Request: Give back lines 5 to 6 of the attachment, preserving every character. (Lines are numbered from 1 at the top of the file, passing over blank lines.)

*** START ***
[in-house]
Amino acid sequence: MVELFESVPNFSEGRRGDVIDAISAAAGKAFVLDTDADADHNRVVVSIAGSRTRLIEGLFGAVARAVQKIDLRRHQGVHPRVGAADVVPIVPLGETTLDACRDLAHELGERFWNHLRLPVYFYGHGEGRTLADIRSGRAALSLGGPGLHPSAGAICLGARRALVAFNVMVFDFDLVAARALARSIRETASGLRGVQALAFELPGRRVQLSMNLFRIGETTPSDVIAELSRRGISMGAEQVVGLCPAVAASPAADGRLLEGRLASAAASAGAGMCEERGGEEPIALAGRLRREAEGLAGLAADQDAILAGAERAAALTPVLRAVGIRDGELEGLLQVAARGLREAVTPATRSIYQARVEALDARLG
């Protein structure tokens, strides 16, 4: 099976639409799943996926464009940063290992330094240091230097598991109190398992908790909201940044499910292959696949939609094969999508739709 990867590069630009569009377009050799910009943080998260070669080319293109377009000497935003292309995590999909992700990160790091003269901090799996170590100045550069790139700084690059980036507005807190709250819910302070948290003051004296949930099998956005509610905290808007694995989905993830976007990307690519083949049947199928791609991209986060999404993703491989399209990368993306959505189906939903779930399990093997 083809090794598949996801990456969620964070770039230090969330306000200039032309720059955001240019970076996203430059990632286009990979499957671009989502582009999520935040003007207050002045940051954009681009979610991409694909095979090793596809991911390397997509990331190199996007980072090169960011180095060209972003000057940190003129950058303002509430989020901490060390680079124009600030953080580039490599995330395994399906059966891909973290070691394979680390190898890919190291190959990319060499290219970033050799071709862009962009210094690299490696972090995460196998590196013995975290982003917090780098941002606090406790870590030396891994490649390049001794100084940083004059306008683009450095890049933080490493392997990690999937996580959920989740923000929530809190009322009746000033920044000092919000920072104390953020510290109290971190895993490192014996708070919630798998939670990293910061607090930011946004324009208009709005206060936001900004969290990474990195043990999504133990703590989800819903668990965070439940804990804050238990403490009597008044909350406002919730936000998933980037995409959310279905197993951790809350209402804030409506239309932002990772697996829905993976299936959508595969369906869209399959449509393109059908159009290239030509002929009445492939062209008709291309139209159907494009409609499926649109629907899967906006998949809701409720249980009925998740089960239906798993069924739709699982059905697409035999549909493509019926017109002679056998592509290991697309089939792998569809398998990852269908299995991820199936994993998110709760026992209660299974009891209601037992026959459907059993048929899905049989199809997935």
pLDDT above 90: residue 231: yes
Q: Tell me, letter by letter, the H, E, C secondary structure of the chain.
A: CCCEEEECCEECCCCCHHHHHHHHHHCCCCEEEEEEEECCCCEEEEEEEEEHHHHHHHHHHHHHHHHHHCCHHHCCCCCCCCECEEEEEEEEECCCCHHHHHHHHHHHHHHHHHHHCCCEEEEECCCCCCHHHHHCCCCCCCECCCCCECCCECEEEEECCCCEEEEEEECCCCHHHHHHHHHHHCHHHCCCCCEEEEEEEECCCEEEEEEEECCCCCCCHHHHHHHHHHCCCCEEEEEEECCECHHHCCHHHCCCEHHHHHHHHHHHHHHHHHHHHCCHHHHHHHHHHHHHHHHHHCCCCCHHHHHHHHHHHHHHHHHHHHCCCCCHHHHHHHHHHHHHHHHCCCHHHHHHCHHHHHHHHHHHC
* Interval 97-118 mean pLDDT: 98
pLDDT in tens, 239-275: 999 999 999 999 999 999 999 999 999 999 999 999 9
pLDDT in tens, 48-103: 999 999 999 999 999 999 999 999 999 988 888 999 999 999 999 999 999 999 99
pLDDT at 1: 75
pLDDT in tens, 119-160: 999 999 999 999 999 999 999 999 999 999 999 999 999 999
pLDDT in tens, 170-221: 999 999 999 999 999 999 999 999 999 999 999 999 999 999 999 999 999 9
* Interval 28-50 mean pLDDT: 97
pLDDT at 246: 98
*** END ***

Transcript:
Q: Tell me, letter by letter, the H, E, C secondary structure of the chain.
A: CCCEEEECCEECCCCCHHHHHHHHHHCCCCEEEEEEEECCCCEEEEEEEEEHHHHHHHHHHHHHHHHHHCCHHHCCCCCCCCECEEEEEEEEECCCCHHHHHHHHHHHHHHHHHHHCCCEEEEECCCCCCHHHHHCCCCCCCECCCCCECCCECEEEEECCCCEEEEEEECCCCHHHHHHHHHHHCHHHCCCCCEEEEEEEECCCEEEEEEEECCCCCCCHHHHHHHHHHCCCCEEEEEEECCECHHHCCHHHCCCEHHHHHHHHHHHHHHHHHHHHCCHHHHHHHHHHHHHHHHHHCCCCCHHHHHHHHHHHHHHHHHHHHCCCCCHHHHHHHHHHHHHHHHCCCHHHHHHCHHHHHHHHHHHC